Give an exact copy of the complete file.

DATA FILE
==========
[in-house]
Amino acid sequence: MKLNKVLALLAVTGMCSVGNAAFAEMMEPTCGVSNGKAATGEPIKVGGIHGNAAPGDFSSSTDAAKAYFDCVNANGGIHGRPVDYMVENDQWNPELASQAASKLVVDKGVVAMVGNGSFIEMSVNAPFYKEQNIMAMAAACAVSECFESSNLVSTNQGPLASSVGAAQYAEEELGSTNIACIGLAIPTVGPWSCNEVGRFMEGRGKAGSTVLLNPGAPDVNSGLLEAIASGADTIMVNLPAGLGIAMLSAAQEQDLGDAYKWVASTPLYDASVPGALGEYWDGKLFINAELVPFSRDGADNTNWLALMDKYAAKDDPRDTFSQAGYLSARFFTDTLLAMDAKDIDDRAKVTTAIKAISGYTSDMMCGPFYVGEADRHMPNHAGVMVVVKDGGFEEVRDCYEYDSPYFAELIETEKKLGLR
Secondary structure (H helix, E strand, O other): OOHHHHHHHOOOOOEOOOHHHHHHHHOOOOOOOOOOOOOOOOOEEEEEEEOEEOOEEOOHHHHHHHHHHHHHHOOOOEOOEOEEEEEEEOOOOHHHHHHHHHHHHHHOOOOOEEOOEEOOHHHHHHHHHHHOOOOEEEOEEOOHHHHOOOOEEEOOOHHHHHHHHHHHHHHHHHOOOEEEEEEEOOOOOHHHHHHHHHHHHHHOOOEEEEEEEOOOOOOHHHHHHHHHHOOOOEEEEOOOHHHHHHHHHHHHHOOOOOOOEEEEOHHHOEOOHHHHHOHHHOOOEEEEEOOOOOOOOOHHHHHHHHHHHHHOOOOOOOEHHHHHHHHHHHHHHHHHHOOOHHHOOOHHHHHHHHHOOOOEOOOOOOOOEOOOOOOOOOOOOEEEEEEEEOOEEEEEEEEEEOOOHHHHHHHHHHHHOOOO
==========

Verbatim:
[in-house]
Amino acid sequence: MKLNKVLALLAVTGMCSVGNAAFAEMMEPTCGVSNGKAATGEPIKVGGIHGNAAPGDFSSSTDAAKAYFDCVNANGGIHGRPVDYMVENDQWNPELASQAASKLVVDKGVVAMVGNGSFIEMSVNAPFYKEQNIMAMAAACAVSECFESSNLVSTNQGPLASSVGAAQYAEEELGSTNIACIGLAIPTVGPWSCNEVGRFMEGRGKAGSTVLLNPGAPDVNSGLLEAIASGADTIMVNLPAGLGIAMLSAAQEQDLGDAYKWVASTPLYDASVPGALGEYWDGKLFINAELVPFSRDGADNTNWLALMDKYAAKDDPRDTFSQAGYLSARFFTDTLLAMDAKDIDDRAKVTTAIKAISGYTSDMMCGPFYVGEADRHMPNHAGVMVVVKDGGFEEVRDCYEYDSPYFAELIETEKKLGLR
Secondary structure (H helix, E strand, O other): OOHHHHHHHOOOOOEOOOHHHHHHHHOOOOOOOOOOOOOOOOOEEEEEEEOEEOOEEOOHHHHHHHHHHHHHHOOOOEOOEOEEEEEEEOOOOHHHHHHHHHHHHHHOOOOOEEOOEEOOHHHHHHHHHHHOOOOEEEOEEOOHHHHOOOOEEEOOOHHHHHHHHHHHHHHHHHOOOEEEEEEEOOOOOHHHHHHHHHHHHHHOOOEEEEEEEOOOOOOHHHHHHHHHHOOOOEEEEOOOHHHHHHHHHHHHHOOOOOOOEEEEOHHHOEOOHHHHHOHHHOOOEEEEEOOOOOOOOOHHHHHHHHHHHHHOOOOOOOEHHHHHHHHHHHHHHHHHHOOOHHHOOOHHHHHHHHHOOOOEOOOOOOOOEOOOOOOOOOOOOEEEEEEEEOOEEEEEEEEEEOOOHHHHHHHHHHHHOOOO